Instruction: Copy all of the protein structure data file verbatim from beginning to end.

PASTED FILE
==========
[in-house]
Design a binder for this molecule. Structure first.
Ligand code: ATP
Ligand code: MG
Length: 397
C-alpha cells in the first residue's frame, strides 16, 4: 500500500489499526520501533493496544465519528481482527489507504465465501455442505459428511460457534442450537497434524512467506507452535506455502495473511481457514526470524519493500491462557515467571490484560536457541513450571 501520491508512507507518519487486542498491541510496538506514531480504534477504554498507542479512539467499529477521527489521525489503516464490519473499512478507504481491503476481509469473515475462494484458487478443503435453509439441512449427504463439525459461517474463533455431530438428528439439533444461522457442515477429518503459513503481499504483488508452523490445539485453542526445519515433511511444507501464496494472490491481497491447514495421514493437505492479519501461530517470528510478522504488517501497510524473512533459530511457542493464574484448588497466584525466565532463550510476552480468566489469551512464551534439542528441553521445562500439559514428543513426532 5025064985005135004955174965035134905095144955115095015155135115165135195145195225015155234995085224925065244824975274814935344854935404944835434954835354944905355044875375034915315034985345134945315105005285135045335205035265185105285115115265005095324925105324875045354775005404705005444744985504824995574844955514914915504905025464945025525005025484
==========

[in-house]
Design a binder for this molecule. Structure first.
Ligand code: ATP
Ligand code: MG
Length: 397
C-alpha cells in the first residue's frame, strides 16, 4: 500500500489499526520501533493496544465519528481482527489507504465465501455442505459428511460457534442450537497434524512467506507452535506455502495473511481457514526470524519493500491462557515467571490484560536457541513450571 501520491508512507507518519487486542498491541510496538506514531480504534477504554498507542479512539467499529477521527489521525489503516464490519473499512478507504481491503476481509469473515475462494484458487478443503435453509439441512449427504463439525459461517474463533455431530438428528439439533444461522457442515477429518503459513503481499504483488508452523490445539485453542526445519515433511511444507501464496494472490491481497491447514495421514493437505492479519501461530517470528510478522504488517501497510524473512533459530511457542493464574484448588497466584525466565532463550510476552480468566489469551512464551534439542528441553521445562500439559514428543513426532 5025064985005135004955174965035134905095144955115095015155135115165135195145195225015155234995085224925065244824975274814935344854935404944835434954835354944905355044875375034915315034985345134945315105005285135045335205035265185105285115115265005095324925105324875045354775005404705005444744985504824995574844955514914915504905025464945025525005025484